When drawing an eye, remember to work ‘from general to specific’, and to first address the larger value relationships before delving into the details.

Mistake 5: Not grouping eyelashes and eyebrows (and spacing eyelashes too evenly!)

Eyebrows and eyelashes are rarely evenly spaced and the same length.

To draw them realistically, instead of drawing each hair individually, look for groupings or shapes to simplify them into, as in the image below:

Three eyes with illustrations showing how to effectively simplify eyebrows and eyelashes in an eye drawing

Then, add some stray strands where they are most noticeable, and voila! Notice that where there are several individual eyelashes (like the bottom set of eyelashes in the image above), they are not evenly spaced, are not the same length, do not face the same direction, and have various angle changes! They’re not perfect! Drawing them this way will add naturalism to your portrait.

(Check out my tutorial on drawing realistic eyebrows here!)

Mistake 6: Making all the edges sharp/not varying the edge quality throughout your drawing

Look at the variety of edge qualities in the eye below!

(Unfamiliar with the concept of edges? Watch Lesson 6 of my Mini-Course to learn all about this essential drawing concept.)

Two images of a female eye indicating the sharpest and softest edges to draw the eye with depth and dimension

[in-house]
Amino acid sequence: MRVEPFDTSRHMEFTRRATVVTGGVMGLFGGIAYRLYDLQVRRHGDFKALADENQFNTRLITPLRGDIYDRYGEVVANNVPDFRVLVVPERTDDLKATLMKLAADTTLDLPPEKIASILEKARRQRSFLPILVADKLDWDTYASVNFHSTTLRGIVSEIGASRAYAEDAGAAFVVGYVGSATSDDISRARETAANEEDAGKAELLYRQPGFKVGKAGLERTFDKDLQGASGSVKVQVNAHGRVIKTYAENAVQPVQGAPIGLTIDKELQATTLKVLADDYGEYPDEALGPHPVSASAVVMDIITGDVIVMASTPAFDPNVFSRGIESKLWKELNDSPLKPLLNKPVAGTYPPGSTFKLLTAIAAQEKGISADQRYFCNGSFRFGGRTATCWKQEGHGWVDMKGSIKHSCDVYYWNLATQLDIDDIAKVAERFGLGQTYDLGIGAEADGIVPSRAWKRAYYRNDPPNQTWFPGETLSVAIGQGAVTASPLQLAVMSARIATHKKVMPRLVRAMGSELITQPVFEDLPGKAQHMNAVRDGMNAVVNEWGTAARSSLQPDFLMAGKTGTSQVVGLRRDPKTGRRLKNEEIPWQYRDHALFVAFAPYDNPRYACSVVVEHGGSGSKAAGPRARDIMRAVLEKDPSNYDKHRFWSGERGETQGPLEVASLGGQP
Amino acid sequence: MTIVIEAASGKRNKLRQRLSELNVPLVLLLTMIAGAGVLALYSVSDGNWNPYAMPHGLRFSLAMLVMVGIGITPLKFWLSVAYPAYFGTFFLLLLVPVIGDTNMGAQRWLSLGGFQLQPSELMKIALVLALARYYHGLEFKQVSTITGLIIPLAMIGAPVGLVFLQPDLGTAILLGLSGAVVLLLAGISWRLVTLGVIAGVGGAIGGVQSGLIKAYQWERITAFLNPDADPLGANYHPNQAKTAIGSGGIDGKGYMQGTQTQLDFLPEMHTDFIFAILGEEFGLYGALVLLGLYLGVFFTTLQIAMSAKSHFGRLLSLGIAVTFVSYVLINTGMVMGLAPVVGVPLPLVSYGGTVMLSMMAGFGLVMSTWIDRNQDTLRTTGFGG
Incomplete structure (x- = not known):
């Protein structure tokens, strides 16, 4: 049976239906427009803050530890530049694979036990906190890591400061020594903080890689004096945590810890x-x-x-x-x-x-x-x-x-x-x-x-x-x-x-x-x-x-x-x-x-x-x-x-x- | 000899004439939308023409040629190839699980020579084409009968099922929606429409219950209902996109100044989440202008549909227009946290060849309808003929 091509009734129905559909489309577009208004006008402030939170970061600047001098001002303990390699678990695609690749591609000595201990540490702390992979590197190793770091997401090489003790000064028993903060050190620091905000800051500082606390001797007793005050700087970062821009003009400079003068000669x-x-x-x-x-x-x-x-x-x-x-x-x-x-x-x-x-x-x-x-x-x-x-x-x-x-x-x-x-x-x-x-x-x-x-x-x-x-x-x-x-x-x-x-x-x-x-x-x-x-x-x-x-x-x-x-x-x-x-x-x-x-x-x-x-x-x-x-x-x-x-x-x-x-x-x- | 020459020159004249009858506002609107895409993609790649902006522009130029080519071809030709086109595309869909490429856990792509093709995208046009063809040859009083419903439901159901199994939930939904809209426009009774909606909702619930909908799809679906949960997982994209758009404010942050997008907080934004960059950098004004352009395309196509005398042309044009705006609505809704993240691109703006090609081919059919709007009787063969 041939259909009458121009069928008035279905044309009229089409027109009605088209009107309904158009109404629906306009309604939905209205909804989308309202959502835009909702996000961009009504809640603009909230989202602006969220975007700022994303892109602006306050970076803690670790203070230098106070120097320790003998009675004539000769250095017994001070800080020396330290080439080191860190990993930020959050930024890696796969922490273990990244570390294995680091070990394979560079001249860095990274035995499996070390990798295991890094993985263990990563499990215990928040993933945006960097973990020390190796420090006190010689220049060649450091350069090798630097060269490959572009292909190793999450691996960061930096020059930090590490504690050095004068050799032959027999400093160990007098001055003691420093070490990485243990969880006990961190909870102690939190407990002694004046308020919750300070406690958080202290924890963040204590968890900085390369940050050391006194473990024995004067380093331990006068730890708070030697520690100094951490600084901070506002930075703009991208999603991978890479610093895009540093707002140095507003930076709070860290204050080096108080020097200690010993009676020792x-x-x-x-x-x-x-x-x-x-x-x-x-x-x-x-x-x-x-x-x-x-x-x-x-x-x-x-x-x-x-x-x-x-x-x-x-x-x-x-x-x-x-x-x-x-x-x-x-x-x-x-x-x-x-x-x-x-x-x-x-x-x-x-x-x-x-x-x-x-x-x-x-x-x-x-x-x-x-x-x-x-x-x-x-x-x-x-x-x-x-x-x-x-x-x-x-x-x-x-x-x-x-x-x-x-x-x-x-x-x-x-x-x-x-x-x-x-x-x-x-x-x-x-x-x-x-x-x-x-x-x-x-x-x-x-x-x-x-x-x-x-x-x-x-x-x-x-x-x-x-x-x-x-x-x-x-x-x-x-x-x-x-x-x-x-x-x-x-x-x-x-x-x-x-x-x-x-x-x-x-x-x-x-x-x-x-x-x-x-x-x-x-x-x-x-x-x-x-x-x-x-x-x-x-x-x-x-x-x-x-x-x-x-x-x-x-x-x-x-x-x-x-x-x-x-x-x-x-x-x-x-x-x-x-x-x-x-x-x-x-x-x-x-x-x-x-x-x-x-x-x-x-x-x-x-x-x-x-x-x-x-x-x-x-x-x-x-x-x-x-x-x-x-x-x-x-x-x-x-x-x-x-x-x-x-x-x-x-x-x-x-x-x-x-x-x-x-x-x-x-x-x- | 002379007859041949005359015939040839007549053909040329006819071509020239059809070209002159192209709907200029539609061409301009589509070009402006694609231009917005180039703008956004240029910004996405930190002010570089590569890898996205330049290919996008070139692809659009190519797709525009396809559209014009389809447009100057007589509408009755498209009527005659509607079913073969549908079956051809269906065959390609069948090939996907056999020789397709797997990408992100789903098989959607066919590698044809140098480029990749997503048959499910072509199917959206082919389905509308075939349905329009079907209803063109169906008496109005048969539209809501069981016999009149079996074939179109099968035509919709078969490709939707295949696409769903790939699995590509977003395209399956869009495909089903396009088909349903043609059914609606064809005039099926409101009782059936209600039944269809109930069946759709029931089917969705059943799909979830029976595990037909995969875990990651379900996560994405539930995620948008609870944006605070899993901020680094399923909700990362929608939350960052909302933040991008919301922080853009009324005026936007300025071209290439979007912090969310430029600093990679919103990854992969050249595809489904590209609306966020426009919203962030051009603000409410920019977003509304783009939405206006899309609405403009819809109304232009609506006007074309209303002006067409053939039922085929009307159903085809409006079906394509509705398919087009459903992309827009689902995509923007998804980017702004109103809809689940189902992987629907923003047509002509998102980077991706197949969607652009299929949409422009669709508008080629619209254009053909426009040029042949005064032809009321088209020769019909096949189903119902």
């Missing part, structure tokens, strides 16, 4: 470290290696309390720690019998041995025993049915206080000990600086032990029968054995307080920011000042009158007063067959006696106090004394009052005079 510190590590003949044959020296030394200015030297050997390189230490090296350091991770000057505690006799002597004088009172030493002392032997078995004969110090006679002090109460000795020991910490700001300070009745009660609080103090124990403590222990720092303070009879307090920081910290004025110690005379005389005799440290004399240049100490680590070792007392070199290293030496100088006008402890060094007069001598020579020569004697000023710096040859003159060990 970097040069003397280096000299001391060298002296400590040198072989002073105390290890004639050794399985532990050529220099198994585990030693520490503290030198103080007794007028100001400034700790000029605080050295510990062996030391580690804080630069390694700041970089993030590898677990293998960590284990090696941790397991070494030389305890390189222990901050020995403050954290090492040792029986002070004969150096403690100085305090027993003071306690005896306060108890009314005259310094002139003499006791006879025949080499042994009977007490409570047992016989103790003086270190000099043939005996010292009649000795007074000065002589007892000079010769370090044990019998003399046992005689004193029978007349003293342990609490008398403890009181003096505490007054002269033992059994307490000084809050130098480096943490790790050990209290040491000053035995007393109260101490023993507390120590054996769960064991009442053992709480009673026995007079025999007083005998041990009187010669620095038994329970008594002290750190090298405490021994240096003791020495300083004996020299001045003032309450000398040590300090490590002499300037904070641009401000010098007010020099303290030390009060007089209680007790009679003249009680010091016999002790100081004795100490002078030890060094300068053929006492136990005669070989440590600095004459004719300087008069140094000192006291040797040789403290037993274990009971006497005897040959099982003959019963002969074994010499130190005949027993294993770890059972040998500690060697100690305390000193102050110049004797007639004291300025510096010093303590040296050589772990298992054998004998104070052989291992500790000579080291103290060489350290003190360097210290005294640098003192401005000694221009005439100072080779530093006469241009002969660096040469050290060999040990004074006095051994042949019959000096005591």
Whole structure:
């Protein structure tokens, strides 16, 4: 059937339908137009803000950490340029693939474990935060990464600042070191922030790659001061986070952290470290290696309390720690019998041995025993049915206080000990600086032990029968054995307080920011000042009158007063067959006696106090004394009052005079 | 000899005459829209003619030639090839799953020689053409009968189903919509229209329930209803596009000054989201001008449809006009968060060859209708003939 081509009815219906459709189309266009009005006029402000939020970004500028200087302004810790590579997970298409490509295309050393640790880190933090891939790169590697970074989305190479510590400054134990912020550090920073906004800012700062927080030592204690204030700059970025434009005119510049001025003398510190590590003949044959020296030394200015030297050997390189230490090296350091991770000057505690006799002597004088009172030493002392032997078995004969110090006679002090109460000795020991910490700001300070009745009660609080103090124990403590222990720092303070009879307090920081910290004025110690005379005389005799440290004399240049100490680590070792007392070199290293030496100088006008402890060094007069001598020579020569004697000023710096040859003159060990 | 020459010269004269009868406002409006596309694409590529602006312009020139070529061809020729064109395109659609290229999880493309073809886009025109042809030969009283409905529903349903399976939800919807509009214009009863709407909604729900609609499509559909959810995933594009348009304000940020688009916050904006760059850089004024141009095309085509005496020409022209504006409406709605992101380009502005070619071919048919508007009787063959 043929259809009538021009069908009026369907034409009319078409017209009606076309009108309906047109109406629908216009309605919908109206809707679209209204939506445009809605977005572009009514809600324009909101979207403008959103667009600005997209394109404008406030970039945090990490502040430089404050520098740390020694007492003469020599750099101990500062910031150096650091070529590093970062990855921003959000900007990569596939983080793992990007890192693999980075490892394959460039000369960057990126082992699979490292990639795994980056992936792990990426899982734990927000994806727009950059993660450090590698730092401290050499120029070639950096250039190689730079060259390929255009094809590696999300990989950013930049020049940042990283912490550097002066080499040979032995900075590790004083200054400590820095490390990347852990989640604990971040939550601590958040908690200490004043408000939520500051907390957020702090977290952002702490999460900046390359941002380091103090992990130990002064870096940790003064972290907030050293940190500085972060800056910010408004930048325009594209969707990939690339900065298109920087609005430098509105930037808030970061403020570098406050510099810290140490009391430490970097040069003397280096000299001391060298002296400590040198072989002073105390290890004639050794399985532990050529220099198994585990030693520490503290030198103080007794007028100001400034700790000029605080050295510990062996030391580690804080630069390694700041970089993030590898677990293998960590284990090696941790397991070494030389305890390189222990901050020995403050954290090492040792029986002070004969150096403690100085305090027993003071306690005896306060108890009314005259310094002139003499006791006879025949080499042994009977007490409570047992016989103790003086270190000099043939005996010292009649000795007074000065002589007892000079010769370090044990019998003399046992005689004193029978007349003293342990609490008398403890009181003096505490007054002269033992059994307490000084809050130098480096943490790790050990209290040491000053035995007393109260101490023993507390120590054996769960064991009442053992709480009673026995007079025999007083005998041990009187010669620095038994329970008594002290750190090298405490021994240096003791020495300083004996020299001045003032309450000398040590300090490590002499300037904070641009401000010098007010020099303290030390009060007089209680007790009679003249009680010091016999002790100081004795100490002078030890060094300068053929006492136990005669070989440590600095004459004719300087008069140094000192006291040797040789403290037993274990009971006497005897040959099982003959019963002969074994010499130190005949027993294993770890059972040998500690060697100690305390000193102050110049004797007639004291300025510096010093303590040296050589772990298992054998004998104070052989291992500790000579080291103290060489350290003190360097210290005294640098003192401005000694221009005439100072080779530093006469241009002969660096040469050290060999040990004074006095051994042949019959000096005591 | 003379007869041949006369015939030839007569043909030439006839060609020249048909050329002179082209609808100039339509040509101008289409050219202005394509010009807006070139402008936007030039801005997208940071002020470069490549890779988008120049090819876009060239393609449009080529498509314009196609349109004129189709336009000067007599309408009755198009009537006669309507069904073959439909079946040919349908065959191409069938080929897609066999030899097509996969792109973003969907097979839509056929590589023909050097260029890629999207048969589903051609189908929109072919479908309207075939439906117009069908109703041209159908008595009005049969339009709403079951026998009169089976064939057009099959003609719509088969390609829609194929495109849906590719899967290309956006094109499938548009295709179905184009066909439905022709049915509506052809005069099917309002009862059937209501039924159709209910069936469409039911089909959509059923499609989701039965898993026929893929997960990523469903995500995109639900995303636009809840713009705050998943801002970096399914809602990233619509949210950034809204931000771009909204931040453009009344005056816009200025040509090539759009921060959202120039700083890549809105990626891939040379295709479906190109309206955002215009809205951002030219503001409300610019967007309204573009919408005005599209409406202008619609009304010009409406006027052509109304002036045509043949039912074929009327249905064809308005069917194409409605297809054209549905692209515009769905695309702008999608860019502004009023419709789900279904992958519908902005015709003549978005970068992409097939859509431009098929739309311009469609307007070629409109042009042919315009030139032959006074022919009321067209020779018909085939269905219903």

A common mistake when drawing eyes is making all of the edges sharp. Finding your sharpest edges, softest edges, and different degrees of edge qualities between the two extremes is key to creating depth, dimension and realism in your eye drawing.

There you have it! The 6 most common mistakes when drawing eyes.

Ways to continue to learn to draw eyes:

  • Take a look at your latest eye drawing, go through this list (you can download it below!), and see if there are any improvements you can make

  • Check out my eye drawing tutorial, download the reference photo and draw along with me

  • View this tutorial on drawing realistic eyebrows (there are eye drawing tips there, too!)

  • Brand new to eye drawing, and portrait drawing? Bargue drawing can be a great way to warm up to it! Check out my Bargue Drawing Level 1 course here.

  • For further eye-drawing instruction, stay tuned for an upcoming, in-depth course on the subject!

Downloadable Resources:

Happy Drawing,